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Analysis

CMS Plans 2021 'Update' for Hospital Quality Star Ratings

By John Commins  
   August 19, 2019

Policymakers are sifting through more than 800 public comments on proposed changes to the Hospital Compare methodology.

The Centers for Medicare & Medicaid Services said Monday it will update its controversial Overall Hospital Quality Star Ratings in 2021.

Until then, CMS said it will "refresh" the Star Ratings, which appear on the Hospital Compare website, in early 2020 using the existing methodology while a new methodology is being finalized for 2021.

Although the methodology had typically been updated every six months, the ratings have been updated only once since 2017 amid long-running complaints over their accuracy.

CMS this week posted a summary of the more than 800 comments received on potential changes to the ratings during a public comment period that ended March 29.  

CMS said in a media release that "only a few comments recommended removing or suspending the Overall Star Ratings from Hospital Compare until changes are made."

"The comments are largely consistent with previous stakeholder feedback, with the most common concerns about the Overall Star Ratings being that CMS should improve its usefulness for consumer decision-making and hospital improvement," CMS said.

Since the five-star ratings inception in 2016, hospital stakeholders have repeatedly called on CMS to delay, revise or eliminate them until policymakers could address hospitals' concerns about the accuracy and correct use of the data.

CMS provided no details on what the changes to the star rating could encompass for 2021. However, the agency acknowledged that stakeholders have continued to raise concerns that the ratings are too complex, or oversimplified, imprecise, and provided without proper context for "more direct 'apples-to-apples' comparisons."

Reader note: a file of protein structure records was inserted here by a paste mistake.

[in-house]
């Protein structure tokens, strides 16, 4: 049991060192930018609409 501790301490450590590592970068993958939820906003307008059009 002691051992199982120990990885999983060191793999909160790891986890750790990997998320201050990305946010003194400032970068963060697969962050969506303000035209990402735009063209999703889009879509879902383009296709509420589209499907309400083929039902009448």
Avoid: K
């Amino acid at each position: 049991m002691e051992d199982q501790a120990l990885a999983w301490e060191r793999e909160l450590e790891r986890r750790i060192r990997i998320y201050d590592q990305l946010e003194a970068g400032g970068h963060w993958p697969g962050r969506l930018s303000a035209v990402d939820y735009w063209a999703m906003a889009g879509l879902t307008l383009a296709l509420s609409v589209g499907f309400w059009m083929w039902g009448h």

The American Hospital Association has a long history of criticizing the methodology, calling it confusing, complex, inaccurate and basically useless for most consumers.

AHA Senior Vice President of Policy Ashley Thompson said Monday the association was "disappointed that CMS intends to continue using a hospital star ratings approach plagued by longstanding concerns about its accuracy and meaningfulness."

"While we appreciate that CMS is working on potential improvements to the rating methodology, we strongly believe CMS should not refresh the ratings until those improvements have been vetted and are ready for implementation," Thompson said.

"Republishing the flawed ratings in 2020 will not advance the goal of providing the public with accurate, purposeful information about quality."

Bruce Siegel, MD, MPH, president and CEO of America's Essential Hospitals, said the safety net hospitals' association appreciates CMS' "efforts to engage stakeholders" in the rulemaking process.

"However, in the meantime, the agency's plan to refresh data using a methodology that is under review for its shortcomings is misleading to patients," Siegel said.

"The star ratings continue to reflect a flawed methodology rather than actual hospital performance and improvement. In particular, these ratings fail to account for social risk factors beyond a hospital’s control that affect performance."

Siegel said safety net hospitals support providing patients with "relevant information."

"But the current star ratings are not the way to do this. We urge the agency to suspend the ratings until methodology updates are complete," he said.

CMS said it is planning additional public outreach to shape potential changes to the Overall Star Ratings methodology, including a public listening session in Baltimore on September 19 that will include a call-in option.

“Republishing the flawed ratings in 2020 will not advance the goal of providing the public with accurate, purposeful information about quality.”

John Commins is a content specialist and online news editor for HealthLeaders, a Simplify Compliance brand.


KEY TAKEAWAYS

Although the methodology had typically been updated every six months, the ratings have been updated only once since 2017 amid long-running complaints over their accuracy.

Stakeholders have raised concerns that the ratings are too complex, or oversimplified, imprecise, and provided without proper context for more direct 'apples-to-apples' comparisons.


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